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People around the world see politicians as unsympathetic to common people and unable to effect change when elected, with more than half feeling dissatisfied with the state of democracy in their country, according to a survey of 27 nations by Pew Research Center.

Expand chart
Adapted from a Pew Research chart; Percentages are medians based on 27 countries; Data: Spring 2018 Global Attitudes Survey; Chart: Axios Visuals

Why it matters: Similar sentiments have driven a global surge in populism that led to the election of Donald Trump and events like Brexit over the past few years. While responses by nation vary, people are generally more optimistic about the state of free speech, economic opportunity and public safety in their nations than they are about their politicians and elections.

Between the lines: People who said their politicians were corrupt or out of touch were consistently more likely to say they were dissatisfied with the state of democracy in their nation, according to Pew.

By the numbers:

  • Indonesia and the Philippines had the highest share of respondents out of the 27 nations surveyed who said that politicians care what ordinary people think.
  • Greeks and Israelis were some of the least likely to see politicians as caring about common people.
  • 89% of Greeks and 82% of Russians said that most politicians were corrupt in their nations, compared to less than a quarter of people from Sweden, the Netherlands and Indonesia.
  • Mexicans were the least satisfied with how democracy was working, while Filipinos and Swedes were the most satisfied.

In the U.S., more than half say that most politicians are corrupt, don't care what common people think, and that not much changes after an election. 58% say they are dissatisfied with the way democracy is working.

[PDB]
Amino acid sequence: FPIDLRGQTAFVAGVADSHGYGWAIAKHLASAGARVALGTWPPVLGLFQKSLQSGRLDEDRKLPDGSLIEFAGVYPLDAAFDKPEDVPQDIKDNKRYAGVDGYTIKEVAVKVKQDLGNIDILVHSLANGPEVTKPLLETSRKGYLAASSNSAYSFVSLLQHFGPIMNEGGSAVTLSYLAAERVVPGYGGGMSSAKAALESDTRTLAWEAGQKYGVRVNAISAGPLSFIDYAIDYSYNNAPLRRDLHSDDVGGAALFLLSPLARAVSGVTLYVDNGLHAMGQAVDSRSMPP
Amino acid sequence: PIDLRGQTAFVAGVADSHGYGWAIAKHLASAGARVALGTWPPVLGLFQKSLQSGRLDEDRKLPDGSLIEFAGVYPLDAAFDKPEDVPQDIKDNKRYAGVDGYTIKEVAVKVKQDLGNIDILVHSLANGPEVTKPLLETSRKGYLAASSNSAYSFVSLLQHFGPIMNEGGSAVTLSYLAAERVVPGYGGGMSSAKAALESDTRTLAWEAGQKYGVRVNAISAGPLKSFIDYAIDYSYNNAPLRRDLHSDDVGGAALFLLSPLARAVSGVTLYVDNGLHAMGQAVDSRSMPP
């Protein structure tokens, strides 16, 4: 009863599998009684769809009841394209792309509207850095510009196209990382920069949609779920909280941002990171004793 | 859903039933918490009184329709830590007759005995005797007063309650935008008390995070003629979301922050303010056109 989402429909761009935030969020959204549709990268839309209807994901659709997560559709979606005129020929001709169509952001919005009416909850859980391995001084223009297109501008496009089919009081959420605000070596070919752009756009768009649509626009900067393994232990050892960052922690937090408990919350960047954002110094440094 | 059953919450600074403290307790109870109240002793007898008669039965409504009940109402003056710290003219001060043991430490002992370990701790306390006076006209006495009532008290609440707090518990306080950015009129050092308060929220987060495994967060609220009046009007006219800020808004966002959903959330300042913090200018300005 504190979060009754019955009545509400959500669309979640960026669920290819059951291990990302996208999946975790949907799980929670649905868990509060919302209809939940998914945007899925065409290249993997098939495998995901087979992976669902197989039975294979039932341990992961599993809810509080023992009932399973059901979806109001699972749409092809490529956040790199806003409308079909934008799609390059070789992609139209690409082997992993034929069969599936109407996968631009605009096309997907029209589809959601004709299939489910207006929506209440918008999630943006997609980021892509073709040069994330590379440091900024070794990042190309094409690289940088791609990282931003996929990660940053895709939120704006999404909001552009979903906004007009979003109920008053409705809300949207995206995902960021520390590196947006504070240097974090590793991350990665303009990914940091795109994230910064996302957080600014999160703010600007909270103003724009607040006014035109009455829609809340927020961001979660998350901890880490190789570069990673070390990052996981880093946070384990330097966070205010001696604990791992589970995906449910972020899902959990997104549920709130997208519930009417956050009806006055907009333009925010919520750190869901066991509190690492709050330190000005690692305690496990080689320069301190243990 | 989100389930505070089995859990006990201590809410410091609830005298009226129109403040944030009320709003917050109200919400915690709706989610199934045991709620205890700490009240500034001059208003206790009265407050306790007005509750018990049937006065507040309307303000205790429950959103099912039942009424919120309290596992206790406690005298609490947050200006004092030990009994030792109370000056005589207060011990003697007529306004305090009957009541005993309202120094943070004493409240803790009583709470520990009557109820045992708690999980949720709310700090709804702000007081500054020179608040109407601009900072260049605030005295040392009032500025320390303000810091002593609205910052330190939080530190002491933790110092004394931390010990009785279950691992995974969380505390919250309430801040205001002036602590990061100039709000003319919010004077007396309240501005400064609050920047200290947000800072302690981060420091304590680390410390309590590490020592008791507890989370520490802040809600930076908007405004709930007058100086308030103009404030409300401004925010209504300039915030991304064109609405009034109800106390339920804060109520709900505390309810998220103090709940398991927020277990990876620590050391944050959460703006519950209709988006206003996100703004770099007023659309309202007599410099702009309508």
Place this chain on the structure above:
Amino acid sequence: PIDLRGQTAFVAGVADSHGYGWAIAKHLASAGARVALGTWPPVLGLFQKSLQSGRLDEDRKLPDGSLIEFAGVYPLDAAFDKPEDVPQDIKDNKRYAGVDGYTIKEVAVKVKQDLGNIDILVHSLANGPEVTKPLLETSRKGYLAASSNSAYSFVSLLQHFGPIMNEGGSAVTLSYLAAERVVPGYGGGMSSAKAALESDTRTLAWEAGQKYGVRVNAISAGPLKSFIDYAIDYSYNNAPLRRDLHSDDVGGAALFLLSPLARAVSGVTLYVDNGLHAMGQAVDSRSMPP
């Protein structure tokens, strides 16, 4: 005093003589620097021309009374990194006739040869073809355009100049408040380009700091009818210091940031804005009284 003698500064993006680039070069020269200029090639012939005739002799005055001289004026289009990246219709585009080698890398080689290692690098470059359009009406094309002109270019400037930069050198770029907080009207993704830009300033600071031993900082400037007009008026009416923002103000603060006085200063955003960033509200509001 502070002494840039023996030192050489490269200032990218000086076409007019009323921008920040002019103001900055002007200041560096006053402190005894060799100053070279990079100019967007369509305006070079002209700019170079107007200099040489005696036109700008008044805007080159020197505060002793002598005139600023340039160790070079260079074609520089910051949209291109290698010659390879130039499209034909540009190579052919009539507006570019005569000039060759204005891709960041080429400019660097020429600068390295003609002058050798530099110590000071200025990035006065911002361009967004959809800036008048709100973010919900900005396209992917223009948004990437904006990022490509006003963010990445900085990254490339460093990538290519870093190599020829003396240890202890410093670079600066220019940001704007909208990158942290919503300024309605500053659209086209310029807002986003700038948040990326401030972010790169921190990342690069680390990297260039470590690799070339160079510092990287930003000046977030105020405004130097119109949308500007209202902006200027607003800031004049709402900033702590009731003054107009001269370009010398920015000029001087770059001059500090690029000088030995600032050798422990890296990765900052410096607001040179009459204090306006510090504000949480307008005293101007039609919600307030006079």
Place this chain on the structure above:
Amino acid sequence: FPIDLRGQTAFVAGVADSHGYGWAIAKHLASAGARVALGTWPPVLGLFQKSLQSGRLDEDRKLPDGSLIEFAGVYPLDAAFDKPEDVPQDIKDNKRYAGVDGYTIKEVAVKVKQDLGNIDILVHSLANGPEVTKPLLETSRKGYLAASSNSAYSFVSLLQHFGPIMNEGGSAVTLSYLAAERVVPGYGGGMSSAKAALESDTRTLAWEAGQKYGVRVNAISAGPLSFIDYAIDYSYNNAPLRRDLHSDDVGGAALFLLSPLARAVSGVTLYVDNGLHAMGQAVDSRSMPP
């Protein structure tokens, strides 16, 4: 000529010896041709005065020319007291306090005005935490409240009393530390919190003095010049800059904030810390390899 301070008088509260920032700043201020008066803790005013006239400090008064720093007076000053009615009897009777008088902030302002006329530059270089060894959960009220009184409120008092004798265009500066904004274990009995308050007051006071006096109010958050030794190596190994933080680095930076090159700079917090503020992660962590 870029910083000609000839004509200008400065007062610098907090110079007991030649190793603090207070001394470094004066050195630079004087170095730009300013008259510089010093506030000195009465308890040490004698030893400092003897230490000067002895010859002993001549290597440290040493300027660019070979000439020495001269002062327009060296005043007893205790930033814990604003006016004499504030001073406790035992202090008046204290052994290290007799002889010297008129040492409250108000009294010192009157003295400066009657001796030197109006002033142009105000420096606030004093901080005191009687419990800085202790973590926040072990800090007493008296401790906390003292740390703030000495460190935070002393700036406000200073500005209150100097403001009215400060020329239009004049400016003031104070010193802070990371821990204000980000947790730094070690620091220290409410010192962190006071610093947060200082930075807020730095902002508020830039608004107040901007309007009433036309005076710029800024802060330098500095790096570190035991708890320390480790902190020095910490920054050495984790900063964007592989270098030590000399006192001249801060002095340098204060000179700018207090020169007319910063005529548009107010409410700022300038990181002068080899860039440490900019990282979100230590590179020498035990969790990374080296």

Go deeper

Jan. 6 panel subpoenas 2 far-right "America First" activists

The House panel investigating the Capitol riot, from left; Reps. Bennie Thompson, Liz Cheney, Adam Kinzinger and Jamie Raskin on Capitol Hill in December. Photo: Drew Angerer/Getty Images

The House select committee investigating the Capitol riot issued subpoenas Wednesday for far-right leaders Nick Fuentes and Patrick Casey, who allegedly encouraged followers to go to D.C. and challenge the 2020 election results.

Why it matters: The action underscores the panel's increasing focus on rallies held ahead of the Capitol attack and how extremists were drawn to former President Trump's baseless claims of widespread voter fraud, per the New York Times.

Democrats fail to change Senate rules to pass voting rights bill

Senate Majority Leader during a news conference in Washington, D.C., on Wednesday. Photo: Alex Wong/Getty Images

Democrats failed Wednesday night to change Senate filibuster rules to pass the voting rights bill, with Sens. Joe Manchin (D-W.Va.) and Kyrsten Sinema (D-Ariz.) voting with Republicans.

The big picture: The failed effort came after Senate Republicans blocked the voting rights measure from coming to a final vote earlier Wednesday.

Updated 6 hours ago - Politics & Policy

Supreme Court rejects Trump's attempt to shield documents from Jan. 6 committee

Photo: Melissa Sue Gerrits/Getty Images

The Supreme Court rejected on Wednesday night a bid by former President Trump to block the release of documents and records from his administration to the House committee investigating the Jan. 6 riot at the Capitol.

Why it matters: Trump asked the Supreme Court to step in and block the release of the documents last month after a panel on the U.S. Court of Appeals for the D.C. Circuit unanimously denied his attempt to prevent the committee from obtaining the materials.